Misdemeanor Tickets Often End In Arrests In Texas – Especially Travis County
A new study shows a high rate of incarceration for fine-only offenses in Texas, particularly in Travis County.
The study from social justice advocacy nonprofit Texas Appleseed found more than 30,000 jail bookings for class C misdemeanors across 11 Texas counties in 2017. Those are offenses that are typically punishable by a citation of up to $500 – without required jail time.
Overall, misdemeanor bookings outweighed those for felonies in an 11-county analysis. That snapshot also includes class B misdemeanors, which are punishable by up to 180 days in jail, and class A misdemeanors, which are punishable by up to a year in jail.
But those class C jail bookings reflect what Texas Appleseed and others see as an unnecessary strain on the criminal justice system and a burden for defendants, said Mary Mergler, Texas Appleseed's director of its criminal justice project.
"Most misdemeanors are nonviolent offenses – and we know that. You know, even a short stay in jail can have a really lasting impact on someone's life, and we need to be using jail in a very different way than we're using right now," she said. "This data shows that."
Driving while intoxicated led the list of most common charges in the report, followed by possession of marijuana, possession of controlled substance, theft and assault causing bodily injury involving family violence. Traffic violations – which are class C misdemeanors – were the sixth most common charge statewide.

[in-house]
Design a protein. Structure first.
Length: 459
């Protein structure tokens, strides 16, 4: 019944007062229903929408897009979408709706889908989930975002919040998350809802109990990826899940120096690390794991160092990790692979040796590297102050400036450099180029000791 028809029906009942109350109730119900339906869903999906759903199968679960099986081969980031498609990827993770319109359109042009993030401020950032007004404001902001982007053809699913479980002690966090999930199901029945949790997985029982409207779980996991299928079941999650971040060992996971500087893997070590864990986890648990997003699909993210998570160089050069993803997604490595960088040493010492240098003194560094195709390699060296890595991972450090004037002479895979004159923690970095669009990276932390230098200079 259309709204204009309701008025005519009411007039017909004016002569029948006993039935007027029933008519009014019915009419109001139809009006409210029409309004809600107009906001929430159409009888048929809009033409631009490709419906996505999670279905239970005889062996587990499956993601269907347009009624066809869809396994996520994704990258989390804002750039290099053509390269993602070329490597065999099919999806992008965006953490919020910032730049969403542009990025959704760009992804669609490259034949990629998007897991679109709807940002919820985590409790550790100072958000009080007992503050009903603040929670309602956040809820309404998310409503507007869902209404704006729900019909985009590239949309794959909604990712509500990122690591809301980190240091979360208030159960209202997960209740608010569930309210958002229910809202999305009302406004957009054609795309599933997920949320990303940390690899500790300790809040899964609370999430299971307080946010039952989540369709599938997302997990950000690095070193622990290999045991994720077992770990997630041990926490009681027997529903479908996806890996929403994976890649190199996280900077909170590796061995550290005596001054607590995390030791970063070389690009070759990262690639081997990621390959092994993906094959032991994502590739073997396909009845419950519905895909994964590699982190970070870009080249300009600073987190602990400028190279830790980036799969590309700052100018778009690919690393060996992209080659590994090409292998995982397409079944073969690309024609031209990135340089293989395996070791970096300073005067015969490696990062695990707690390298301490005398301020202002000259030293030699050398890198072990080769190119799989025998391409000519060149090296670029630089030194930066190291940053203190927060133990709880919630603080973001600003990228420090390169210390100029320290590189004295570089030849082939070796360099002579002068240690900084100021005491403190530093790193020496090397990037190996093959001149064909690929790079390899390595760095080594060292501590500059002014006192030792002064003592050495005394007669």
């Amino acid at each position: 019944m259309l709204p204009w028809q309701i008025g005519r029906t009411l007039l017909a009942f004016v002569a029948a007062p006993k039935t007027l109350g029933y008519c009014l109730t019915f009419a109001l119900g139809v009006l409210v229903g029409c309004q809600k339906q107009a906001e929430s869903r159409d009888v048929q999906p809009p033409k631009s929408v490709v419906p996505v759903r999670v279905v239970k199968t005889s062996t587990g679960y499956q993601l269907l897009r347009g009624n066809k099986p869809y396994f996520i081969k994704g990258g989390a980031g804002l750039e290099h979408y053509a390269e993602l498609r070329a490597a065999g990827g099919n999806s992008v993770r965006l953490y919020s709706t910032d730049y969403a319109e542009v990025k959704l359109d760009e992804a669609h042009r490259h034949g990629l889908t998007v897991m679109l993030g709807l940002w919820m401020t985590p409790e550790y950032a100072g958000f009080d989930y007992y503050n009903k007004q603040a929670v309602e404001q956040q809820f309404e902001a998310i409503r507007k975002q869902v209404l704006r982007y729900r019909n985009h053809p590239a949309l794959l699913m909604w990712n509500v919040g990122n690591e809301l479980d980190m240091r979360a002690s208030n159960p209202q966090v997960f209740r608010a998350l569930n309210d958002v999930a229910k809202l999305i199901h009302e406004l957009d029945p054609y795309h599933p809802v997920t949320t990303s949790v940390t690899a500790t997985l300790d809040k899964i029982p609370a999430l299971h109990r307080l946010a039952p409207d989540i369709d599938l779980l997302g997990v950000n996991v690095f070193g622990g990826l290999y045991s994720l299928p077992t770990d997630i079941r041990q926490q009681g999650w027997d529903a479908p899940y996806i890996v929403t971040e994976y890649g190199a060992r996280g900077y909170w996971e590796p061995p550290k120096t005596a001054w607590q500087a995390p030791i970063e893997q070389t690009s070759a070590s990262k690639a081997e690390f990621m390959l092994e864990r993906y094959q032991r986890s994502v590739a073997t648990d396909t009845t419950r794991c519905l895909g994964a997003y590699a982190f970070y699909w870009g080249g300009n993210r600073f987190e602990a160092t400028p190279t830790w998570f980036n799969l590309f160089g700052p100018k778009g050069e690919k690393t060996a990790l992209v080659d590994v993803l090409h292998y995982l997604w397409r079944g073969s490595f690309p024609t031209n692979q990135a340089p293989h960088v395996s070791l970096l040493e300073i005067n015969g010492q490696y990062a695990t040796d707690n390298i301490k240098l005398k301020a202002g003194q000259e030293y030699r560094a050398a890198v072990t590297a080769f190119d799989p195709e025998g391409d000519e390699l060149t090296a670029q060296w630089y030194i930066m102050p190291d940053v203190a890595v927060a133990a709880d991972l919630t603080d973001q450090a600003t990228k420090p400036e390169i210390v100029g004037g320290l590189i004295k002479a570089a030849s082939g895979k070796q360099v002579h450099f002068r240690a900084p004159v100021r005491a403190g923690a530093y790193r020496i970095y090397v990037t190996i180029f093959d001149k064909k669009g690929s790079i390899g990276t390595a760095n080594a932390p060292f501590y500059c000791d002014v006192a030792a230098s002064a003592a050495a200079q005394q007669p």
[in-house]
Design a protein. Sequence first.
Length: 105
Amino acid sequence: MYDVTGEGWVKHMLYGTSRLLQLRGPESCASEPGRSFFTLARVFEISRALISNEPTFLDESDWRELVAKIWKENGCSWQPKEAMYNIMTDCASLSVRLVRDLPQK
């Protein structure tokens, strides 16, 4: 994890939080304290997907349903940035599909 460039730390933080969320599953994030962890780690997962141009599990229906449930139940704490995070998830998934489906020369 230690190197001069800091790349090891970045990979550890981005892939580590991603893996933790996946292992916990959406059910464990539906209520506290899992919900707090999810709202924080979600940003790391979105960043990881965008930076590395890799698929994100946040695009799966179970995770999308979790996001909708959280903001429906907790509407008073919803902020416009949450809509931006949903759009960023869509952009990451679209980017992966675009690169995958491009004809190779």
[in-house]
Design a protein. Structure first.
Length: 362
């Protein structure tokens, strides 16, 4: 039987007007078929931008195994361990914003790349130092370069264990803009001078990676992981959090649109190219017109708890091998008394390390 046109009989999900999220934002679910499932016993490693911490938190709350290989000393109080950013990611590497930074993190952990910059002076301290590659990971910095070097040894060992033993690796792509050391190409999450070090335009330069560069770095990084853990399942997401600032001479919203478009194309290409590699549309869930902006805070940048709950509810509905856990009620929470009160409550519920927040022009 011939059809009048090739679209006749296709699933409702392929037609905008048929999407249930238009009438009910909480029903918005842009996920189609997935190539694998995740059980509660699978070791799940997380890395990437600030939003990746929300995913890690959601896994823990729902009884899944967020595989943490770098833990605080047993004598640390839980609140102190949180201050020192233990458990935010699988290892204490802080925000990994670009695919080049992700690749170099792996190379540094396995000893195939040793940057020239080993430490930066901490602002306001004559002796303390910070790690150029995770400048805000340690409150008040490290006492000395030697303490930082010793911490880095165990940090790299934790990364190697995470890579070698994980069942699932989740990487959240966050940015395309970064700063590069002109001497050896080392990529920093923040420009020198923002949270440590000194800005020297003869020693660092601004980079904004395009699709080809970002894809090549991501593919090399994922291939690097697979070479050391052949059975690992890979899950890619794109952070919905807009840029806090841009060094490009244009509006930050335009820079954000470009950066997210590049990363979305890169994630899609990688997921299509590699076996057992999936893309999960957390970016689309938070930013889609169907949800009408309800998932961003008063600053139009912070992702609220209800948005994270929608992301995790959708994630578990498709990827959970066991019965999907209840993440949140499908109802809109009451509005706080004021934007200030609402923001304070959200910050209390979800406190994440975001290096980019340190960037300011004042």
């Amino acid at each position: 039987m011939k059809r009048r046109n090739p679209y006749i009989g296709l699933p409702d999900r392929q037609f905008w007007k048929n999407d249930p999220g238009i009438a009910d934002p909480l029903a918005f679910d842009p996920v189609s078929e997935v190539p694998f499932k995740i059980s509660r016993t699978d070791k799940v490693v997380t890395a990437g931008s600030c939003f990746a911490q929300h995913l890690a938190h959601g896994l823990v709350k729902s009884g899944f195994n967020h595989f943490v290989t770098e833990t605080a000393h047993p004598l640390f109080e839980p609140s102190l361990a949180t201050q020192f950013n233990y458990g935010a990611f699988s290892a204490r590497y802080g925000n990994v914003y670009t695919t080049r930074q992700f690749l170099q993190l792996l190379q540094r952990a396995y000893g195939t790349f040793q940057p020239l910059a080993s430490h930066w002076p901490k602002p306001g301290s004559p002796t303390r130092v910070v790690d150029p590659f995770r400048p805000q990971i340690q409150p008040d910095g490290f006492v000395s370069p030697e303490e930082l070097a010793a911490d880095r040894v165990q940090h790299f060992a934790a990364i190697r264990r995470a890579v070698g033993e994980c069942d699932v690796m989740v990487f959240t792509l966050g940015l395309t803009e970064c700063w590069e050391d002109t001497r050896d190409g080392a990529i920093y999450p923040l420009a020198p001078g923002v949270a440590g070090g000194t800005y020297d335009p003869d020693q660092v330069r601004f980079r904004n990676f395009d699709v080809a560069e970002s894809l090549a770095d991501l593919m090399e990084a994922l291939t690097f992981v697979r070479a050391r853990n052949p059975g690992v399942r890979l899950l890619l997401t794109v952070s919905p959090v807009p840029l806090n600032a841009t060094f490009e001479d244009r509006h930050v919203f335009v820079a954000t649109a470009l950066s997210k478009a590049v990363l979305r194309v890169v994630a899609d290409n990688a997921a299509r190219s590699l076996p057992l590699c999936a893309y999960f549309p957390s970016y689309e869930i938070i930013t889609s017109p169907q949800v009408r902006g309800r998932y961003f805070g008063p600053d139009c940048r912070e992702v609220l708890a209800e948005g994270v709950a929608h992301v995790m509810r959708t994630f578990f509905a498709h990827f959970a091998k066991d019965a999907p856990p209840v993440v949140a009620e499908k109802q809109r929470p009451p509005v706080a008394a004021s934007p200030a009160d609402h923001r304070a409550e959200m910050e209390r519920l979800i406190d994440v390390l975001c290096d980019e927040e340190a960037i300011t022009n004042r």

Mergler said data also showed that those booked on class C and class B misdemeanors had extended pre-trial stays in jails. For example, more than 24,000 people booked for those misdemeanors spent more than three days in jail, with more than half of those people spending more than 10 days.
Of the 11 Texas counties, Travis County led in both the share and the number of misdemeanor bookings. About one in six jail bookings in 2017, 7,279, were for non-jailable class C misdemeanors.
"This was one of the highest percentages in the counties we analyzed," Mergler said, "meaning law enforcement agencies in Travis County are booking more people into jail for these type of offenses relative to agencies in other counties."
In that same timeframe, Travis County jails booked 13,102 people on class B charges. Mergler said, in a lot of instances, those bookings for class B misdemeanors are at the discretion of law enforcement. Both Travis County and the Austin Police Department have discretionary arrest policies for nonviolent offenses like driving with an invalid license or possession of marijuana.
African Americans represented 25 percent of bookings in Travis County – an outsized proportion given African Americans represent roughly 9 percent of the population in the Austin area. Mergler said she hopes Austin and Travis County both adopt policies to address that "alarming" disparity.
At the state level, Texas Appleseed has asked lawmakers to pass House Bill 482, a bill from longtime Houston state Rep. Senfronia Thompson that would ban law enforcement from jailing people accused of class C misdemeanors unless there's a warrant. That bill is currently in a House committee.